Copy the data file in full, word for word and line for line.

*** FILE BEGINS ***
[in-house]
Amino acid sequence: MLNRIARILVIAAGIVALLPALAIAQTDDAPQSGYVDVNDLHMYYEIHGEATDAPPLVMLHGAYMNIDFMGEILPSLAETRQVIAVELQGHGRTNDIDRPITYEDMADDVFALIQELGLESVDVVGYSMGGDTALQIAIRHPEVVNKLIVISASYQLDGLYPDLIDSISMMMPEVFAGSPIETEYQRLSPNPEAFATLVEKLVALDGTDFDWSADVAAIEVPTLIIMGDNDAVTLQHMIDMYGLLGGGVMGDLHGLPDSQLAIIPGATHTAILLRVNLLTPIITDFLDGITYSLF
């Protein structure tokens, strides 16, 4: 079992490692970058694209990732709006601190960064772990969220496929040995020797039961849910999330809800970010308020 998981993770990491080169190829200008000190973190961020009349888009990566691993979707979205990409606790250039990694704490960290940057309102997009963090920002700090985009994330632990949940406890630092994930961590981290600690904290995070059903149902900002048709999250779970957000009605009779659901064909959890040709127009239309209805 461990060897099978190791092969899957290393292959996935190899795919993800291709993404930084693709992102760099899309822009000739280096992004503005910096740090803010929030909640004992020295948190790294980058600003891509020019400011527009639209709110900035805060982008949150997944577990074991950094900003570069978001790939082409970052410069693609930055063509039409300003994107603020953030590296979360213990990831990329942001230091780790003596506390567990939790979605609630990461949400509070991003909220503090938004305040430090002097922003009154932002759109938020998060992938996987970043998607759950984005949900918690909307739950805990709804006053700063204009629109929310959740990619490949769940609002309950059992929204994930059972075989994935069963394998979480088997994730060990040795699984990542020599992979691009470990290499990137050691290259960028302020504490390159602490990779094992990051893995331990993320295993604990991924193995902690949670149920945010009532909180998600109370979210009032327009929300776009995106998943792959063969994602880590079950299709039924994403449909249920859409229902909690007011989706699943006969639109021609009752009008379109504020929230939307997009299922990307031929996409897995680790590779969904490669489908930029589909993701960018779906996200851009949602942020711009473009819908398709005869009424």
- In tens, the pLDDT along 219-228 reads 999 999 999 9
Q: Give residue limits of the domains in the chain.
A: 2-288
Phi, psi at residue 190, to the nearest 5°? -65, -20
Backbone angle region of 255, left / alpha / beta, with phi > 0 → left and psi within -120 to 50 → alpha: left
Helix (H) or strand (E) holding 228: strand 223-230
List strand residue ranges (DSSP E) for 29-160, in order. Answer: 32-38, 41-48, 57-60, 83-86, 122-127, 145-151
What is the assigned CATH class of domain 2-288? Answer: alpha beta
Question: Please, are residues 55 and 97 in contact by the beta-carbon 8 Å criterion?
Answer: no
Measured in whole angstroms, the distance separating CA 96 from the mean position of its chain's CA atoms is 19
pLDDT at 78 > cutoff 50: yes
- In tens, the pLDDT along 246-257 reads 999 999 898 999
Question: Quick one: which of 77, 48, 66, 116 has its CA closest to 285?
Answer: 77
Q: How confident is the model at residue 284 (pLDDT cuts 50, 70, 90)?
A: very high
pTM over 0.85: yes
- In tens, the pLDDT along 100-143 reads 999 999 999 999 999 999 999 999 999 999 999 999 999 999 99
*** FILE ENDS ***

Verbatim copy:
[in-house]
Amino acid sequence: MLNRIARILVIAAGIVALLPALAIAQTDDAPQSGYVDVNDLHMYYEIHGEATDAPPLVMLHGAYMNIDFMGEILPSLAETRQVIAVELQGHGRTNDIDRPITYEDMADDVFALIQELGLESVDVVGYSMGGDTALQIAIRHPEVVNKLIVISASYQLDGLYPDLIDSISMMMPEVFAGSPIETEYQRLSPNPEAFATLVEKLVALDGTDFDWSADVAAIEVPTLIIMGDNDAVTLQHMIDMYGLLGGGVMGDLHGLPDSQLAIIPGATHTAILLRVNLLTPIITDFLDGITYSLF
């Protein structure tokens, strides 16, 4: 079992490692970058694209990732709006601190960064772990969220496929040995020797039961849910999330809800970010308020 998981993770990491080169190829200008000190973190961020009349888009990566691993979707979205990409606790250039990694704490960290940057309102997009963090920002700090985009994330632990949940406890630092994930961590981290600690904290995070059903149902900002048709999250779970957000009605009779659901064909959890040709127009239309209805 461990060897099978190791092969899957290393292959996935190899795919993800291709993404930084693709992102760099899309822009000739280096992004503005910096740090803010929030909640004992020295948190790294980058600003891509020019400011527009639209709110900035805060982008949150997944577990074991950094900003570069978001790939082409970052410069693609930055063509039409300003994107603020953030590296979360213990990831990329942001230091780790003596506390567990939790979605609630990461949400509070991003909220503090938004305040430090002097922003009154932002759109938020998060992938996987970043998607759950984005949900918690909307739950805990709804006053700063204009629109929310959740990619490949769940609002309950059992929204994930059972075989994935069963394998979480088997994730060990040795699984990542020599992979691009470990290499990137050691290259960028302020504490390159602490990779094992990051893995331990993320295993604990991924193995902690949670149920945010009532909180998600109370979210009032327009929300776009995106998943792959063969994602880590079950299709039924994403449909249920859409229902909690007011989706699943006969639109021609009752009008379109504020929230939307997009299922990307031929996409897995680790590779969904490669489908930029589909993701960018779906996200851009949602942020711009473009819908398709005869009424």
- In tens, the pLDDT along 219-228 reads 999 999 999 9
Q: Give residue limits of the domains in the chain.
A: 2-288
Phi, psi at residue 190, to the nearest 5°? -65, -20
Backbone angle region of 255, left / alpha / beta, with phi > 0 → left and psi within -120 to 50 → alpha: left
Helix (H) or strand (E) holding 228: strand 223-230
List strand residue ranges (DSSP E) for 29-160, in order. Answer: 32-38, 41-48, 57-60, 83-86, 122-127, 145-151
What is the assigned CATH class of domain 2-288? Answer: alpha beta
Question: Please, are residues 55 and 97 in contact by the beta-carbon 8 Å criterion?
Answer: no
Measured in whole angstroms, the distance separating CA 96 from the mean position of its chain's CA atoms is 19
pLDDT at 78 > cutoff 50: yes
- In tens, the pLDDT along 246-257 reads 999 999 898 999
Question: Quick one: which of 77, 48, 66, 116 has its CA closest to 285?
Answer: 77
Q: How confident is the model at residue 284 (pLDDT cuts 50, 70, 90)?
A: very high
pTM over 0.85: yes
- In tens, the pLDDT along 100-143 reads 999 999 999 999 999 999 999 999 999 999 999 999 999 999 99